Tired after lunch or by mid-afternoon? You might think that you should go buy yourself some coffee. But according to UC San Diego researcher Sara Mednick, you're better off taking a nap.
Mednick worked with the university to organize a nap-in and invited students to take a snooze between classes. She explained that people don't just lose an hour of sleep after the switch to Daylight Saving Time. They also are at increased risk of heart disease and other ailments.
Mednick: "So not only is it bringing awareness to these dangers, but also just allowing people to try napping if they haven't really ever tried it and to say on this day, this is okay, there is no stigma around it and you might find that it's good for you that you like it."
Before everyone got a chance to sleep, Mednick gave a talk explaining the benefits of napping.
Mednick at the podium: "I think that we need to have a little more of a take-back the nap attitude. So that's what I'm here to do today."
In her research, Mednick found that napping was better than drinking coffee. She also found that it improves memory and even creativity. She lays out her findings in her book, "Take a Nap! Change Your Life." Mednick practices what she preaches and naps three times a week.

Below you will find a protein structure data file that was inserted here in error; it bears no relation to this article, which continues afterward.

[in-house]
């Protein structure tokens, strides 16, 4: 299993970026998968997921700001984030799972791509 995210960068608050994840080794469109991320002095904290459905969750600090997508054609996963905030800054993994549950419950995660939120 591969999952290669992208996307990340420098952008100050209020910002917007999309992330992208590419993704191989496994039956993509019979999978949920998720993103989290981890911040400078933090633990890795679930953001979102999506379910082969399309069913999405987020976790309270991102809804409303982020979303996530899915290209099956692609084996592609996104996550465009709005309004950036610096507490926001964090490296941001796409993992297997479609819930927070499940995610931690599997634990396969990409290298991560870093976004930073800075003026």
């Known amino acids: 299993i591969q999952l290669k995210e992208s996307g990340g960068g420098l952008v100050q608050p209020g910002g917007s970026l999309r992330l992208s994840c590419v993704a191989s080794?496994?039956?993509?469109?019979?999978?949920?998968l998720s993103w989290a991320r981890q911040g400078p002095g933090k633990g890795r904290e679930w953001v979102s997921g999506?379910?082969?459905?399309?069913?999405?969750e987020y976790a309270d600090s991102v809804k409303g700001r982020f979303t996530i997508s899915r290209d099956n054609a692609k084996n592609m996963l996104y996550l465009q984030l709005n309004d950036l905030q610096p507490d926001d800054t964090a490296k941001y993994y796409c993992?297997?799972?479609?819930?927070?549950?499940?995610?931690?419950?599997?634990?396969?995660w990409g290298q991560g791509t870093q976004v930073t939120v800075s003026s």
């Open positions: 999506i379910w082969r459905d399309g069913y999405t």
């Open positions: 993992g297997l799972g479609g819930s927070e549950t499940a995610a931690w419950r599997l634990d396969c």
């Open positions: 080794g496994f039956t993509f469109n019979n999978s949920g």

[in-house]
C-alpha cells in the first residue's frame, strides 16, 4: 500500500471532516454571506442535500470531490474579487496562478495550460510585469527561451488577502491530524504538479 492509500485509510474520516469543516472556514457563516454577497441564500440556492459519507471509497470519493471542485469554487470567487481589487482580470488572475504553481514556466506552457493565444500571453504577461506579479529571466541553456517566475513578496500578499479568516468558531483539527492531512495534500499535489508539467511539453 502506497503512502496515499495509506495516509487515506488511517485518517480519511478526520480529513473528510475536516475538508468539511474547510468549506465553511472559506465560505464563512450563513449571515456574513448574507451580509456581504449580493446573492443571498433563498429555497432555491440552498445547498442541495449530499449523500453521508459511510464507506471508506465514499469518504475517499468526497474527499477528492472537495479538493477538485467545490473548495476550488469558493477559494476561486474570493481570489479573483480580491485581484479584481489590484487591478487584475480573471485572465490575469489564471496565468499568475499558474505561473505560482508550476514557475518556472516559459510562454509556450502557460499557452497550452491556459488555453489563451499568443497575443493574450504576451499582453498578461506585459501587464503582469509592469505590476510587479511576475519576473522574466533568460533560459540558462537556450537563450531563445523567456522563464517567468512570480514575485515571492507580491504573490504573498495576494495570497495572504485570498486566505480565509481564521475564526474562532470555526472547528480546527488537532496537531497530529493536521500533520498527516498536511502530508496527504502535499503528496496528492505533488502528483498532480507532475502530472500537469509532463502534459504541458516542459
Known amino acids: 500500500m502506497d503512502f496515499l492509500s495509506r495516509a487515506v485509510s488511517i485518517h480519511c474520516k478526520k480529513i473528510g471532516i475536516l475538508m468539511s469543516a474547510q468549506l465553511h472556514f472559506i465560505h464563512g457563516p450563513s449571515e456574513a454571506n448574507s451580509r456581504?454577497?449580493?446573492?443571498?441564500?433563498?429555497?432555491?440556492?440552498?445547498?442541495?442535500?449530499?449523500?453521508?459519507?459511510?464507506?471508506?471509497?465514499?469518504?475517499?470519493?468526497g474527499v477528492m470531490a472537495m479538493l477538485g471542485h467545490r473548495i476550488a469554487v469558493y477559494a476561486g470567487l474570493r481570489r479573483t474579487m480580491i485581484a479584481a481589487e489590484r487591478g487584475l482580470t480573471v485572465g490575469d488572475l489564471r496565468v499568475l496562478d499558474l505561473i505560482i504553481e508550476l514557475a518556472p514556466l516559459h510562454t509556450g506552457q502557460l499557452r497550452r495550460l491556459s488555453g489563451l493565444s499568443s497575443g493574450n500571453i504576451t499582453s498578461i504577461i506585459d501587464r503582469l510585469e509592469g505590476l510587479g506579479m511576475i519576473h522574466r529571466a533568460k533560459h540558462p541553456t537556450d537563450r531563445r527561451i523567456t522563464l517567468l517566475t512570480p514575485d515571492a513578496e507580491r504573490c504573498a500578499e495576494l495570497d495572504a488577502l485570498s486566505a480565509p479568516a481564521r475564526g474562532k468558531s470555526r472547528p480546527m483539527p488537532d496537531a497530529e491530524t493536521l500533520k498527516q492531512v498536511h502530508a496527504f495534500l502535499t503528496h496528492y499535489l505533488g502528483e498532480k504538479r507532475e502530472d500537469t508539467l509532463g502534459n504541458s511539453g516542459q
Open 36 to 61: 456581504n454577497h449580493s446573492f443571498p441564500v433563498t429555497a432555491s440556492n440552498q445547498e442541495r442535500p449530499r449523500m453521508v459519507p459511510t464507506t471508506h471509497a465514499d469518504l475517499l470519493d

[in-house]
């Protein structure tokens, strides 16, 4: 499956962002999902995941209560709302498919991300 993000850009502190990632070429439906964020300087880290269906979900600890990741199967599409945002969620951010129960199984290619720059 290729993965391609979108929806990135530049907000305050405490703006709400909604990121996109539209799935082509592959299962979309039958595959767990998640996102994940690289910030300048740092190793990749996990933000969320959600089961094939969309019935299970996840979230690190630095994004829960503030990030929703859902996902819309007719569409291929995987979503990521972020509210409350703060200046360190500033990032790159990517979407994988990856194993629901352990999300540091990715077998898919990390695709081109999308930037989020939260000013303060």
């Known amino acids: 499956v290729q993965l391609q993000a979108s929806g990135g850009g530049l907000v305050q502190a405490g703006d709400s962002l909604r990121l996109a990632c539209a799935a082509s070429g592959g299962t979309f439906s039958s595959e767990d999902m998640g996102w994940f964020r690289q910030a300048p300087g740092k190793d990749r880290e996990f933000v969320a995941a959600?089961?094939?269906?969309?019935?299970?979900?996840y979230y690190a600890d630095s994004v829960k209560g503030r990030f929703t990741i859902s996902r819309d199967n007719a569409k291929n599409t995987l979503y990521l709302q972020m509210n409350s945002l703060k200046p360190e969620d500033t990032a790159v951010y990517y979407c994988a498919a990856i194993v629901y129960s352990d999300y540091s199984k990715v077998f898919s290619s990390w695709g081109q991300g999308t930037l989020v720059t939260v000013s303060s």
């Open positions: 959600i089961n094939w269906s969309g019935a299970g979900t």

Mednick: "I learned to nap, actually, in grad school. I wasn't a napper when I started doing napping research, but all of that data started coming in and I realized wow I'm sleep deprived like everybody else, and I might as well just give it a try. And I felt great."
After the talk, students picked up napping kits that included sleeping masks, ear plugs and a map of the best napping spots on campus. Some said they would try and nap more often. Staff member Michelle Peltz is one of them.
Peltz: "Yes, yes, I think it's definitely encouraged me to start napping. I realize the importance of it for memory and just overall performance. I think it's a great idea, yes."
In fact, some students decided they needed some shut-eye right then and there.
The nap-in last week was part of a larger initiative to promote healthy living for UCSD students and the UCSD community as a whole. A quick nap is an important tool to help students stay healthy, according to Jerry Phelps, acting director of the campus' Wellness Center.
Phelps: "And so, it's going to make our students healthier,
it's going to create happier students, and more cognitively effective
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